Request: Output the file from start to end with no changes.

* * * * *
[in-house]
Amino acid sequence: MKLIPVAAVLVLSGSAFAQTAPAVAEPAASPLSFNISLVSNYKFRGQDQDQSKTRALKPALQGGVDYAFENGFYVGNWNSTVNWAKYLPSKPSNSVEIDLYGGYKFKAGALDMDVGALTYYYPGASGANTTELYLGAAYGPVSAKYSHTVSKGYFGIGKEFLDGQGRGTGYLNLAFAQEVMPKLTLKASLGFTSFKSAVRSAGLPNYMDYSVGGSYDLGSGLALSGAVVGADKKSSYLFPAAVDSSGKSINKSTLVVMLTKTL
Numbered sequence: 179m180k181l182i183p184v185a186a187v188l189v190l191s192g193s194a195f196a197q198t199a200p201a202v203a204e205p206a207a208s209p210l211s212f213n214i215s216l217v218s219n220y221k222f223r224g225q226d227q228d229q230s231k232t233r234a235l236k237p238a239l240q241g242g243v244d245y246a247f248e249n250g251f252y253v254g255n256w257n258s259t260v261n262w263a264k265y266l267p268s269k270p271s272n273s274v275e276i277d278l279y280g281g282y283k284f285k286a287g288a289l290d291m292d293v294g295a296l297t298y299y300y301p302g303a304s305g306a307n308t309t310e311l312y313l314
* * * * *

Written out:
[in-house]
Amino acid sequence: MKLIPVAAVLVLSGSAFAQTAPAVAEPAASPLSFNISLVSNYKFRGQDQDQSKTRALKPALQGGVDYAFENGFYVGNWNSTVNWAKYLPSKPSNSVEIDLYGGYKFKAGALDMDVGALTYYYPGASGANTTELYLGAAYGPVSAKYSHTVSKGYFGIGKEFLDGQGRGTGYLNLAFAQEVMPKLTLKASLGFTSFKSAVRSAGLPNYMDYSVGGSYDLGSGLALSGAVVGADKKSSYLFPAAVDSSGKSINKSTLVVMLTKTL
Numbered sequence: 179m180k181l182i183p184v185a186a187v188l189v190l191s192g193s194a195f196a197q198t199a200p201a202v203a204e205p206a207a208s209p210l211s212f213n214i215s216l217v218s219n220y221k222f223r224g225q226d227q228d229q230s231k232t233r234a235l236k237p238a239l240q241g242g243v244d245y246a247f248e249n250g251f252y253v254g255n256w257n258s259t260v261n262w263a264k265y266l267p268s269k270p271s272n273s274v275e276i277d278l279y280g281g282y283k284f285k286a287g288a289l290d291m292d293v294g295a296l297t298y299y300y301p302g303a304s305g306a307n308t309t310e311l312y313l314